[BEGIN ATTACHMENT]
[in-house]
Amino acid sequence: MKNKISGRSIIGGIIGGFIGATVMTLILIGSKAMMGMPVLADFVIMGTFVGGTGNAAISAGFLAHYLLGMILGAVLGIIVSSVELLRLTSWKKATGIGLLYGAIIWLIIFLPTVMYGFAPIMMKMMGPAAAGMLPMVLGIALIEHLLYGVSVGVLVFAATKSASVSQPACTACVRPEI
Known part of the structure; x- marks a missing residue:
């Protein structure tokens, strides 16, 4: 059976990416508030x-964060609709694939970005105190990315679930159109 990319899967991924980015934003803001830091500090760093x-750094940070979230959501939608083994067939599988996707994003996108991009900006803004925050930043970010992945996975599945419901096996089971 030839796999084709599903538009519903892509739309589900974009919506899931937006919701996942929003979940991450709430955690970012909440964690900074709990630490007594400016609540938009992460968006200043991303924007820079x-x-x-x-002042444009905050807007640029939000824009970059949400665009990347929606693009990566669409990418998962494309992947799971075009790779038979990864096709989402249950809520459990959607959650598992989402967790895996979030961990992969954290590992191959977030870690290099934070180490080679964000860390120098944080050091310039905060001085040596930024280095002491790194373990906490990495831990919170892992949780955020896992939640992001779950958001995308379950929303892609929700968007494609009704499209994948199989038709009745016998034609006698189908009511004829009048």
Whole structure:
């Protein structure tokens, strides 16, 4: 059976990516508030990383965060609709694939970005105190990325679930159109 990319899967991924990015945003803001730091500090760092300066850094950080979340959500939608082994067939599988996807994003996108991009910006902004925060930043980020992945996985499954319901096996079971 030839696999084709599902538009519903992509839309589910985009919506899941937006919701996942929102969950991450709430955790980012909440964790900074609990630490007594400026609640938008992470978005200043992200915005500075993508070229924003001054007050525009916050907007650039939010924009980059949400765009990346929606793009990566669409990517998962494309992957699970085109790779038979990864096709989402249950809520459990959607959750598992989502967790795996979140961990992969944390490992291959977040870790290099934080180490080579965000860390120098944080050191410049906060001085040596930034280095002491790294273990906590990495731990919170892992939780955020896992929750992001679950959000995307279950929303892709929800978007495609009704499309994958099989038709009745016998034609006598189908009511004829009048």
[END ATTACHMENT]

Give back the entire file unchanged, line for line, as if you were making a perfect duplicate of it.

[in-house]
Amino acid sequence: MKNKISGRSIIGGIIGGFIGATVMTLILIGSKAMMGMPVLADFVIMGTFVGGTGNAAISAGFLAHYLLGMILGAVLGIIVSSVELLRLTSWKKATGIGLLYGAIIWLIIFLPTVMYGFAPIMMKMMGPAAAGMLPMVLGIALIEHLLYGVSVGVLVFAATKSASVSQPACTACVRPEI
Known part of the structure; x- marks a missing residue:
């Protein structure tokens, strides 16, 4: 059976990416508030x-964060609709694939970005105190990315679930159109 990319899967991924980015934003803001830091500090760093x-750094940070979230959501939608083994067939599988996707994003996108991009900006803004925050930043970010992945996975599945419901096996089971 030839796999084709599903538009519903892509739309589900974009919506899931937006919701996942929003979940991450709430955690970012909440964690900074709990630490007594400016609540938009992460968006200043991303924007820079x-x-x-x-002042444009905050807007640029939000824009970059949400665009990347929606693009990566669409990418998962494309992947799971075009790779038979990864096709989402249950809520459990959607959650598992989402967790895996979030961990992969954290590992191959977030870690290099934070180490080679964000860390120098944080050091310039905060001085040596930024280095002491790194373990906490990495831990919170892992949780955020896992939640992001779950958001995308379950929303892609929700968007494609009704499209994948199989038709009745016998034609006698189908009511004829009048």
Whole structure:
């Protein structure tokens, strides 16, 4: 059976990516508030990383965060609709694939970005105190990325679930159109 990319899967991924990015945003803001730091500090760092300066850094950080979340959500939608082994067939599988996807994003996108991009910006902004925060930043980020992945996985499954319901096996079971 030839696999084709599902538009519903992509839309589910985009919506899941937006919701996942929102969950991450709430955790980012909440964790900074609990630490007594400026609640938008992470978005200043992200915005500075993508070229924003001054007050525009916050907007650039939010924009980059949400765009990346929606793009990566669409990517998962494309992957699970085109790779038979990864096709989402249950809520459990959607959750598992989502967790795996979140961990992969944390490992291959977040870790290099934080180490080579965000860390120098944080050191410049906060001085040596930034280095002491790294273990906590990495731990919170892992939780955020896992929750992001679950959000995307279950929303892709929800978007495609009704499309994958099989038709009745016998034609006598189908009511004829009048």